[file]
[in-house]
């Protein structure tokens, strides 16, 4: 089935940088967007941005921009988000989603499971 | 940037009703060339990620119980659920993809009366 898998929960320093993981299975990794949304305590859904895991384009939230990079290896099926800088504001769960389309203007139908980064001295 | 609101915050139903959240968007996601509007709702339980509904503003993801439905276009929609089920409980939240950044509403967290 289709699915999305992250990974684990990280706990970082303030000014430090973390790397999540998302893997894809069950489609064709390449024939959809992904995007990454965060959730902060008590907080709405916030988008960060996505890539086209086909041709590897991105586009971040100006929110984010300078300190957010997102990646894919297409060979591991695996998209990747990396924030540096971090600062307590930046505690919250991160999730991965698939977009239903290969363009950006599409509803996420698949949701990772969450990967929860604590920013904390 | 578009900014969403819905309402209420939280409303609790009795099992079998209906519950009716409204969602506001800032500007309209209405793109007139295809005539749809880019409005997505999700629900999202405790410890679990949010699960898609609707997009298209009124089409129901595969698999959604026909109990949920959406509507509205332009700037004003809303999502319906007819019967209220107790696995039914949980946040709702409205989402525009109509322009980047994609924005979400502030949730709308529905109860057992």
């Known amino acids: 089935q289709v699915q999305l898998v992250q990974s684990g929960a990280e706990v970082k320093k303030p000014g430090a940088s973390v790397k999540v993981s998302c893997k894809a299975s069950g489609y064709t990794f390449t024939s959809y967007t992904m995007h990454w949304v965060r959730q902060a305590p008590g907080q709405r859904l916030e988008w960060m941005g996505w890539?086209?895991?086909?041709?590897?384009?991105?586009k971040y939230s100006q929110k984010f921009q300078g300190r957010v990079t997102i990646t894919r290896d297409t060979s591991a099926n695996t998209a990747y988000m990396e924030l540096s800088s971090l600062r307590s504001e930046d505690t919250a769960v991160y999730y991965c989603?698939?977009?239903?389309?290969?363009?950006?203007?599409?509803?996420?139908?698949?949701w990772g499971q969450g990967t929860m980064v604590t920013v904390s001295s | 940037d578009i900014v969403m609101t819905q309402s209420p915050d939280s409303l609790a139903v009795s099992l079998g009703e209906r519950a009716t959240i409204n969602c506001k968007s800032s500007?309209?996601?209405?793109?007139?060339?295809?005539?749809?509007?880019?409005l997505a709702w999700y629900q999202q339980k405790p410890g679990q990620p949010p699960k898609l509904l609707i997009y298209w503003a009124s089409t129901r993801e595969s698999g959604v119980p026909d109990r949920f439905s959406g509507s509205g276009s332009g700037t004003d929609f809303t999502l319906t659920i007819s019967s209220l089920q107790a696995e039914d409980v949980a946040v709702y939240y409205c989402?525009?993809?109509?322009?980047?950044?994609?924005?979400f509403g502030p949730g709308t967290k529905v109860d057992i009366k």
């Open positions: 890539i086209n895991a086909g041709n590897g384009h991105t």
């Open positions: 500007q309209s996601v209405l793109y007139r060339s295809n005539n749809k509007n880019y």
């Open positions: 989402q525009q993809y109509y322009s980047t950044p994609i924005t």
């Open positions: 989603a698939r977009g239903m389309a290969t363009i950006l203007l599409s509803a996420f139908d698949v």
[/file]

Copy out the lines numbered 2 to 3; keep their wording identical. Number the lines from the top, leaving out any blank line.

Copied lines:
């Protein structure tokens, strides 16, 4: 089935940088967007941005921009988000989603499971 | 940037009703060339990620119980659920993809009366 898998929960320093993981299975990794949304305590859904895991384009939230990079290896099926800088504001769960389309203007139908980064001295 | 609101915050139903959240968007996601509007709702339980509904503003993801439905276009929609089920409980939240950044509403967290 289709699915999305992250990974684990990280706990970082303030000014430090973390790397999540998302893997894809069950489609064709390449024939959809992904995007990454965060959730902060008590907080709405916030988008960060996505890539086209086909041709590897991105586009971040100006929110984010300078300190957010997102990646894919297409060979591991695996998209990747990396924030540096971090600062307590930046505690919250991160999730991965698939977009239903290969363009950006599409509803996420698949949701990772969450990967929860604590920013904390 | 578009900014969403819905309402209420939280409303609790009795099992079998209906519950009716409204969602506001800032500007309209209405793109007139295809005539749809880019409005997505999700629900999202405790410890679990949010699960898609609707997009298209009124089409129901595969698999959604026909109990949920959406509507509205332009700037004003809303999502319906007819019967209220107790696995039914949980946040709702409205989402525009109509322009980047994609924005979400502030949730709308529905109860057992």
């Known amino acids: 089935q289709v699915q999305l898998v992250q990974s684990g929960a990280e706990v970082k320093k303030p000014g430090a940088s973390v790397k999540v993981s998302c893997k894809a299975s069950g489609y064709t990794f390449t024939s959809y967007t992904m995007h990454w949304v965060r959730q902060a305590p008590g907080q709405r859904l916030e988008w960060m941005g996505w890539?086209?895991?086909?041709?590897?384009?991105?586009k971040y939230s100006q929110k984010f921009q300078g300190r957010v990079t997102i990646t894919r290896d297409t060979s591991a099926n695996t998209a990747y988000m990396e924030l540096s800088s971090l600062r307590s504001e930046d505690t919250a769960v991160y999730y991965c989603?698939?977009?239903?389309?290969?363009?950006?203007?599409?509803?996420?139908?698949?949701w990772g499971q969450g990967t929860m980064v604590t920013v904390s001295s | 940037d578009i900014v969403m609101t819905q309402s209420p915050d939280s409303l609790a139903v009795s099992l079998g009703e209906r519950a009716t959240i409204n969602c506001k968007s800032s500007?309209?996601?209405?793109?007139?060339?295809?005539?749809?509007?880019?409005l997505a709702w999700y629900q999202q339980k405790p410890g679990q990620p949010p699960k898609l509904l609707i997009y298209w503003a009124s089409t129901r993801e595969s698999g959604v119980p026909d109990r949920f439905s959406g509507s509205g276009s332009g700037t004003d929609f809303t999502l319906t659920i007819s019967s209220l089920q107790a696995e039914d409980v949980a946040v709702y939240y409205c989402?525009?993809?109509?322009?980047?950044?994609?924005?979400f509403g502030p949730g709308t967290k529905v109860d057992i009366k």